Python IO Module

Python provides several modules and functions for handling input and output operations related to files, such as io, shutil, and many more. In Python, the “io” module supports several modules and functions for dealing with binary data, Unicode data, and string data.

The outcomes of this tutorial are:

What is the Python IO Module?

In Python, the “io” module provides various sets of classes and functions for managing files related to input and output operations. One of the advantages of utilizing the “io” module is that it allows us to extend its functionality to enable writing to Unicode data. We can also use various classes and functions of the “io” module for Unicode encoding and decoding.

Python offers the IO module for handling stream and buffer operations in various ways. There are two useful classes within the IO module, such as “BytesIO” and “StringIO”, which can be accessed using the “io.BytesIO” and “io.StringIO”.

Let’s get started with the BytesIO class!

BytesIO Class of IO Module in Python

The “BytesIO” class in Python provides a stream-like interface for handling binary data in memory. This class is used to treat bytes data as a file-like object that enables read and write operations on the bytes without using the physical file. To get more understanding, have a look at the following code:

import io
bs = io.BytesIO(b'Linuxhint\x0AGuide')
print(bs, '\n')


In the above example code:

  • First, import the “io” module.
  • Then, use the “io.BytesIO()” constructor that takes the binary data as an argument and creates the BytesIO object.
  • Next, print the BytesIO object on the console utilizing the “print()” function.
  • To retrieve and print the content of the BytesIO object, use the “getvalue()” method.
  • Finally, utilize the “close()” method to close the BytesIO object.

As you can see, the BytesIO object, along with its value, has been created and printed on the console:

StringIO Class of IO Module in Python

In Python, the “StringIO” class is similar to the “BytesIO” class, and it is used to treat strings as file-like objects rather than bytes. This class delivers methods for reading from and writing to an in-memory buffer. For further understanding, let’s have a look at the below examples:

Example 1: Creating and Reading Data from File Object

Check out the below-provided code to create a file object and read data from it:

import io
str1 = 'Linuxhint Guide'
file1 = io.StringIO(str1)
file2 =



  • Initially, imported the “io” module and then used the “io.StringIO()” constructor to create the file-like string object.
  • Next, invoked the “” method to read the newly created data and display it to the console using the “print()” function.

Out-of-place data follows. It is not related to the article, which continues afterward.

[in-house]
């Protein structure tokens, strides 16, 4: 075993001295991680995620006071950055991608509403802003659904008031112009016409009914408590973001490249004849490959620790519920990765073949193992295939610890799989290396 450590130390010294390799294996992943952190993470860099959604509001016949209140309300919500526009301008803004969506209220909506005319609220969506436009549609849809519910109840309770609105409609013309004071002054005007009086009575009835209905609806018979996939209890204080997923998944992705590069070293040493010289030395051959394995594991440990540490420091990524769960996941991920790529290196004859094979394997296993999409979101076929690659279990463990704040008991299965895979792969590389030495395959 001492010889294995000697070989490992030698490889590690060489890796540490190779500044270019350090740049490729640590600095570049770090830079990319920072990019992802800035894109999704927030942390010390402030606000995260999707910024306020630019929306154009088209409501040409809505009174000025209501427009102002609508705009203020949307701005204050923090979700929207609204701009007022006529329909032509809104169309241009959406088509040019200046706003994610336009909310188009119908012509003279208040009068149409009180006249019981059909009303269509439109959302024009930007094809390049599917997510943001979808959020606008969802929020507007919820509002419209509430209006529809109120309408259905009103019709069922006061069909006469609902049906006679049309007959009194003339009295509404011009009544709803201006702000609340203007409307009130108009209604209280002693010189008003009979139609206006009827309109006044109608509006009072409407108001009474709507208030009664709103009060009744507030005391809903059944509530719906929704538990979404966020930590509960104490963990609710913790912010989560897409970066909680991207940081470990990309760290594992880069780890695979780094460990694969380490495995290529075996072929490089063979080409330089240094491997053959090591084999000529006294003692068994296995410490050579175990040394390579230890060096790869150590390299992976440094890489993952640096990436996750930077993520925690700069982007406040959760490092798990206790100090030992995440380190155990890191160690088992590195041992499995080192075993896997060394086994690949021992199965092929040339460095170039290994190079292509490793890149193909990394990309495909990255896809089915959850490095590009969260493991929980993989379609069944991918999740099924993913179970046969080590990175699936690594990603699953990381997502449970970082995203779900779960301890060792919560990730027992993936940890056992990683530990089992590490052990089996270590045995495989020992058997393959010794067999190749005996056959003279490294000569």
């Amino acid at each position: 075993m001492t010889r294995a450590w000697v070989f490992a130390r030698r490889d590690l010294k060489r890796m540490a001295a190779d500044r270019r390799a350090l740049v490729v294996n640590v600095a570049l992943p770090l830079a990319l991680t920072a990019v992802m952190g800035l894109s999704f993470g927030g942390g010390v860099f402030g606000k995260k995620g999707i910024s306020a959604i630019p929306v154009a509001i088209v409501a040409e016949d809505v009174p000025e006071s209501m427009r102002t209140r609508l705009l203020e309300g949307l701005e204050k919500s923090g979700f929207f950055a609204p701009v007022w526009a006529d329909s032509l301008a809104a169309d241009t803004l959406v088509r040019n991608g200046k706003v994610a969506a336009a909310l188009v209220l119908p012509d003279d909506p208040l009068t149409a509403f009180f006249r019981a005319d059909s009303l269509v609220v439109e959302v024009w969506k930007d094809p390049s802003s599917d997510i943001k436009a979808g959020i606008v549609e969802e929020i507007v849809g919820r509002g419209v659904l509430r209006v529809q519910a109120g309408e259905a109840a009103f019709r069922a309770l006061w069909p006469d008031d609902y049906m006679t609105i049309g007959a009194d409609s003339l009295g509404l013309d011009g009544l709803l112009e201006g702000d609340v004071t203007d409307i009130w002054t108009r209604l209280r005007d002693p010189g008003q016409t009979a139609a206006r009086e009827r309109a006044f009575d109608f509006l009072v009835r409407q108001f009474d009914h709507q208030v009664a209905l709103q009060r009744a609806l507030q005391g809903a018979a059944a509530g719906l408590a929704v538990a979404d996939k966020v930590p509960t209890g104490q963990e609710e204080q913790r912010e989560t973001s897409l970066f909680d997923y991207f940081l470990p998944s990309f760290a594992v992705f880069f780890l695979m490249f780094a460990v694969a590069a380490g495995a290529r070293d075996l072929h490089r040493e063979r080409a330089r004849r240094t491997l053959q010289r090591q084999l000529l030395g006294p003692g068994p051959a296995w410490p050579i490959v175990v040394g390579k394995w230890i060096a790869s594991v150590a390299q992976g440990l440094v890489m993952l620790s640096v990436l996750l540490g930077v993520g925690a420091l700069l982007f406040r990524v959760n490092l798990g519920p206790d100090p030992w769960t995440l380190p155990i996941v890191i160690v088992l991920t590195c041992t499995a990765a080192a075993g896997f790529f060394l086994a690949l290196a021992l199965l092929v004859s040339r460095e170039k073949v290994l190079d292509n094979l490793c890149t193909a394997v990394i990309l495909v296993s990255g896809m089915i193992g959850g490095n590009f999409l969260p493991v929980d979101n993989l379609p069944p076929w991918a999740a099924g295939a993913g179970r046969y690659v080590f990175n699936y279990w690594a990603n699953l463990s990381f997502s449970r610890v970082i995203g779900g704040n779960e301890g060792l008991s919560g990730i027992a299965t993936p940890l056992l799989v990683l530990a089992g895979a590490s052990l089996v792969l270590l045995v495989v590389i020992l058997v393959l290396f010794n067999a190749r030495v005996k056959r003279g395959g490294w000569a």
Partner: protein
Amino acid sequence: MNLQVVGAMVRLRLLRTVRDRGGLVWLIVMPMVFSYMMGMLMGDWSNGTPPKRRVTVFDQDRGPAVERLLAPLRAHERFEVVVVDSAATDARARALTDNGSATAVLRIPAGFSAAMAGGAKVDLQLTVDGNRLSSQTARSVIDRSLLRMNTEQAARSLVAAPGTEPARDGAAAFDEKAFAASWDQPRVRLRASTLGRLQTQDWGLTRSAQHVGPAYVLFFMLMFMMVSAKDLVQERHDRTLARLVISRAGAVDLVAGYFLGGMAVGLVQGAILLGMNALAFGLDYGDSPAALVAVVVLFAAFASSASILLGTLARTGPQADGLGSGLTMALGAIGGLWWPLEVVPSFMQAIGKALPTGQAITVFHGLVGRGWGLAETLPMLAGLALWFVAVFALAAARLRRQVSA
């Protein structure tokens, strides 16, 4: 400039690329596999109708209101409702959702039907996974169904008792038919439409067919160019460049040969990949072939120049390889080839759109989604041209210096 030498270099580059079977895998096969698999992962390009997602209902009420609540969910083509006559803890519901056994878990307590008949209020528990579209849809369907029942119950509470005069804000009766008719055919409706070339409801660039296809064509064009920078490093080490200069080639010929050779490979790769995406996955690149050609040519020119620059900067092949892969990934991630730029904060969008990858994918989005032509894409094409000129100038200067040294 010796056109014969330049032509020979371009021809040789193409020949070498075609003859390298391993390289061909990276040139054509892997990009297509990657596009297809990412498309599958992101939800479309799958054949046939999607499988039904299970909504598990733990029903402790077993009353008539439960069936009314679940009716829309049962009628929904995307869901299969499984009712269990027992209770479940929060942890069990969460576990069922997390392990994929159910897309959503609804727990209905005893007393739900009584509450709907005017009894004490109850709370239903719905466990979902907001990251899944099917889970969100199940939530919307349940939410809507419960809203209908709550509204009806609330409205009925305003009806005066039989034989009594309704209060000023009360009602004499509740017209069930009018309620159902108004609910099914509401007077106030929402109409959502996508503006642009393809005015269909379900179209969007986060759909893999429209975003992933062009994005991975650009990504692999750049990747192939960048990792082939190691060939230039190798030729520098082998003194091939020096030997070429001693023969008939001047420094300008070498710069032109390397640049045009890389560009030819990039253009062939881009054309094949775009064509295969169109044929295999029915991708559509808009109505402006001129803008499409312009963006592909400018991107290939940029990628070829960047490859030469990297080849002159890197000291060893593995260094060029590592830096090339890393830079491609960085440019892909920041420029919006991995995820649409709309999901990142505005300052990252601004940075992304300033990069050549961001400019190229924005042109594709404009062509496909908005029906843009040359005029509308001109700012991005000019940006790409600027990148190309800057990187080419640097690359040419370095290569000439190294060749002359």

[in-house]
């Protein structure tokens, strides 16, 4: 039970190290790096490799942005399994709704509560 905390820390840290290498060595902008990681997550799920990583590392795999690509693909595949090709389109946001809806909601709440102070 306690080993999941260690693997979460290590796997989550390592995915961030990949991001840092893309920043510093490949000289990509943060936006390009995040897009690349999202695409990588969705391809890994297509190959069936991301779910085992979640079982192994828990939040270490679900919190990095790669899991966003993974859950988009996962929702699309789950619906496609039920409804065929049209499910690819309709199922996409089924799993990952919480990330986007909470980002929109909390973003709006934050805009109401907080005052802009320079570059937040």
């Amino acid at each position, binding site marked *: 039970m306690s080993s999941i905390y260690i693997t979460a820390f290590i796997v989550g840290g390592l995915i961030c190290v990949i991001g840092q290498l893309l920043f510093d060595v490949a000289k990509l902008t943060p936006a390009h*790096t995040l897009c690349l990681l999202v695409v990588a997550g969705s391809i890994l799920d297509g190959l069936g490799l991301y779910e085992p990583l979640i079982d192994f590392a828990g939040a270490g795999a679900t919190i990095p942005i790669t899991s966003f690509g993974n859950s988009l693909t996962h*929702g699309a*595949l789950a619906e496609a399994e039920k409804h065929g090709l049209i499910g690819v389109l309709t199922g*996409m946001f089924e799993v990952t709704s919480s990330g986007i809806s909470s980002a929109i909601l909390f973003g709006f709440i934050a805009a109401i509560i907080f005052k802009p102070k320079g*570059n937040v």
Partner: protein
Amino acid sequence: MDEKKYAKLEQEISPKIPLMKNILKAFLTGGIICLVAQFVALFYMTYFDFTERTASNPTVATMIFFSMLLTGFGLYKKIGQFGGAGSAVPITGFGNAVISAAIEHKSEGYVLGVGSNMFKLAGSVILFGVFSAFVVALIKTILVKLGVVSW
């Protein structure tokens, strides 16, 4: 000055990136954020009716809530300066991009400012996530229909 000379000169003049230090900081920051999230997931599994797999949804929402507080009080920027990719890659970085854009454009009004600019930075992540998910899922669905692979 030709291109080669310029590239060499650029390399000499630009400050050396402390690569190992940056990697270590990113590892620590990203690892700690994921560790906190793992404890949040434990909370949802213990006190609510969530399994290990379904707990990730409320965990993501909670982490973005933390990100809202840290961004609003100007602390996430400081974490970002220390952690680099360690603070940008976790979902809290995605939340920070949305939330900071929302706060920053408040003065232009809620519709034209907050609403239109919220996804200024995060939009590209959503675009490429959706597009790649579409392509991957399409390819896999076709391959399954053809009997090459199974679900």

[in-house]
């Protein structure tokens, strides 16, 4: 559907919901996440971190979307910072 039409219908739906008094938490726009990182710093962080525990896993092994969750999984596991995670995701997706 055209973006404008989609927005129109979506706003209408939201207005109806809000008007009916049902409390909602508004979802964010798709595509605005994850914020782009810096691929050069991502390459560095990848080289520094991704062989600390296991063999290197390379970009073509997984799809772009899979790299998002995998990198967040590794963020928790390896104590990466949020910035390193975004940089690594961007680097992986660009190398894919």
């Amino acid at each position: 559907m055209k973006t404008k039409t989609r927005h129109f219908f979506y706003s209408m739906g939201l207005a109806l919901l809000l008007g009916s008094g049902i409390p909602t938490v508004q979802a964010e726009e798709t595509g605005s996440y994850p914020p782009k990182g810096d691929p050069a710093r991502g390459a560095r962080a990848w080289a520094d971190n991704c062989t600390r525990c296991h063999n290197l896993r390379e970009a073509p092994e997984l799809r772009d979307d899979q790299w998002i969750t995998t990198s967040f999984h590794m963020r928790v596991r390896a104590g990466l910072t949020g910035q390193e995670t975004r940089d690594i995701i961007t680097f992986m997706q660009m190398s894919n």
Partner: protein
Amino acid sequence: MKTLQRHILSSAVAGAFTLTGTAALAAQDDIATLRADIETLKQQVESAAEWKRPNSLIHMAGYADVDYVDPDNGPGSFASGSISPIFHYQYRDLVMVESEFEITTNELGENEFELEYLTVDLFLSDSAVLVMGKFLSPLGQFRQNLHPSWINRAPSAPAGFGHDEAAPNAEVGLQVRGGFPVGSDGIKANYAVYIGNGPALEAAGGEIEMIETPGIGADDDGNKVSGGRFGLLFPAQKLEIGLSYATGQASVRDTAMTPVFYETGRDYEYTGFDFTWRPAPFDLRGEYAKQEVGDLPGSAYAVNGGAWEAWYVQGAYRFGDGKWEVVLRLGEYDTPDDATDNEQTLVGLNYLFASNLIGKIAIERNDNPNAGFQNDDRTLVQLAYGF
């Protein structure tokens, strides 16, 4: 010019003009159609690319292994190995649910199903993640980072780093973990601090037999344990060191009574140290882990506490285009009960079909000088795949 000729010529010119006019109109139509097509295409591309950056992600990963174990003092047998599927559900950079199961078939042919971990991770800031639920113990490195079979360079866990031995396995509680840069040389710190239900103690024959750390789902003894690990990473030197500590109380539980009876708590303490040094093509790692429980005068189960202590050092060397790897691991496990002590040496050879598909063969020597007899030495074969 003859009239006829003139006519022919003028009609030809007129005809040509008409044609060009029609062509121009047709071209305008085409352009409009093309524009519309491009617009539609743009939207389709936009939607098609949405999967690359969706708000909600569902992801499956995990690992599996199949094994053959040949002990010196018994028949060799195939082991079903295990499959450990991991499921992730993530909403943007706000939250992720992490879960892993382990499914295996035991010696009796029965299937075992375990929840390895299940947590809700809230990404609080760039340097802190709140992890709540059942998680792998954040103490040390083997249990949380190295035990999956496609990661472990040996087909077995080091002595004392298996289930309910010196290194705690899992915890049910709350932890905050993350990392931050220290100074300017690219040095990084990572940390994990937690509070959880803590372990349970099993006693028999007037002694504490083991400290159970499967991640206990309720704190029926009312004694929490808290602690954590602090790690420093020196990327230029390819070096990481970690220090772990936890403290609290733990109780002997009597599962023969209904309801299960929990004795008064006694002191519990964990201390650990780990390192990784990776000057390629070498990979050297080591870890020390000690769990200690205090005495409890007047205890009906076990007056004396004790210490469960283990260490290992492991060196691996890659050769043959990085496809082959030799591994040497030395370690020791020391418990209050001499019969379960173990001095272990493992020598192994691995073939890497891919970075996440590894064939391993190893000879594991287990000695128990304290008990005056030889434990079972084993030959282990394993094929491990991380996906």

The data has been created and displayed successfully on the console.

Example 2: Writing Data to File Object

Let’s take an example for writing a string to the newly created file object:

import io
str1 = 'Linuxhint Guide'
file1 = io.StringIO(str1)
file2 =
file1.write(' Welcome to Python Guide')
file3 =


According to the above-provided code:

  • First of all, added the “io” module.
  • Then, use the “io.StringIO()” function to create an in-memory buffer object (file object) by taking the string as an argument.
  • Next, apply the “read()” method to read the contents of the object named “file1”.
  • Afterward, utilized the “write()” method to write or append the string to the existing content in the in-memory buffer or file object.
  • To shift the file handler/pointer to the start of the file, invoke the “seek()” method.
  • Finally, use the “read()” method to read all the content of the file and display it to the console using the “print()” function.

It can be seen that the string has been successfully written to the string file-like object:

Example 3: Using “” Method to Read a File

The “” method can also be used to read the data from the file that is similar to the file object. Here is the snippet of the file along with its original content:

To read data from the file using the buffered read, the below example is used in Python:

import io
f1 ="example.txt", "rb", buffering = 5)


In the above code:

  • The “io” module is imported/added at the start.
  • Then, use the “” method to open the file in a binary module for reading the data from the file.
  • Next, pass the “rb” mode and “buffering=5” parameters to this particular method. These parameters specify the mode and the buffer size to be used for reading the file. Here based on the buffer size, data will be read in chunks of 5 bytes at a time.
  • Lastly, the “read()” method is used to read the entire content of the file, and the “close()” method is utilized to terminate/close the file.


The data has been read successfully.


In Python, the “IO” module is used to provide several functions and classes for handling and performing input/output operations on data. There are two main classes of the “Input/Output” module, such as BytesIO and StringIO. The “BytesIO” class is used to handle and manipulate the binary data, and the “StringIO” class is used to work with string data. In this guide, we have delivered a complete overview of the Python IO module using numerous examples.

About the author

Haroon Javed

Hi, I'm Haroon. I am an electronics engineer and a technical content writer. I am a tech geek who loves to help people to the best of my knowledge.